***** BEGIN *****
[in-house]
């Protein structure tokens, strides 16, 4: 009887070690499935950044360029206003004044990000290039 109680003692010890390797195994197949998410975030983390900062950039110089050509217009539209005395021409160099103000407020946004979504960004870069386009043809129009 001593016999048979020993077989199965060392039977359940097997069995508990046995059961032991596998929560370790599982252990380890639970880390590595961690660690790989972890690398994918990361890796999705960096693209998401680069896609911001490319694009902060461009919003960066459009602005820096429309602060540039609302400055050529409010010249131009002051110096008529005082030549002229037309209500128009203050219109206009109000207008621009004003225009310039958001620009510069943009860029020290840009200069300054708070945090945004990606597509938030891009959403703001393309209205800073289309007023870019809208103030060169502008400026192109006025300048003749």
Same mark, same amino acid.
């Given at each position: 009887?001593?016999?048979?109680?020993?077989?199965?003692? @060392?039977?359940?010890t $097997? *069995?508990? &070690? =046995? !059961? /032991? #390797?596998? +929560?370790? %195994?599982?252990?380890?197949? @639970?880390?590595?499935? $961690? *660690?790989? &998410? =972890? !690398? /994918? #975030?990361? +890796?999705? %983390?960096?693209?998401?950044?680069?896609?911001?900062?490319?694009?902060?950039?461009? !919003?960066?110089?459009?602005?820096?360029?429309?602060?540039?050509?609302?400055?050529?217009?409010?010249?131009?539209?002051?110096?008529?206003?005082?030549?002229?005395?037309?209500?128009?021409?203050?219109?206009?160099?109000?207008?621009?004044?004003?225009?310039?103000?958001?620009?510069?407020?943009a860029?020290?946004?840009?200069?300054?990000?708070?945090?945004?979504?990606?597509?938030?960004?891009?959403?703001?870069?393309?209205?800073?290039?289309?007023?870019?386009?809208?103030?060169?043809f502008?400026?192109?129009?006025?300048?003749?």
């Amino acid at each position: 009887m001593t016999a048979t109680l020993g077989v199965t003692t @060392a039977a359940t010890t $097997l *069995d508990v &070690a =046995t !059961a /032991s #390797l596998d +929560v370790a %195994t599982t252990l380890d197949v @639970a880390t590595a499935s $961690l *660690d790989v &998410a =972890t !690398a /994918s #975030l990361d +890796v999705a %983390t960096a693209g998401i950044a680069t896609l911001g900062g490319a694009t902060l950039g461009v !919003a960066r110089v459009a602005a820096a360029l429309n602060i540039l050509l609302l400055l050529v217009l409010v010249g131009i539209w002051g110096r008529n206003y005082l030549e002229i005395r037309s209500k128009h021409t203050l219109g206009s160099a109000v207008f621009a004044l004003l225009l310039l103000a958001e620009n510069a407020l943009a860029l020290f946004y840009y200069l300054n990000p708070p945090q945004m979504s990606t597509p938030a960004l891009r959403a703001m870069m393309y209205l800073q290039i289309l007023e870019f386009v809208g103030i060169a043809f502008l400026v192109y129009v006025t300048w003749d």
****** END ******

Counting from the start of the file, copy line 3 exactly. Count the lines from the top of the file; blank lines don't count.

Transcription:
Same mark, same amino acid.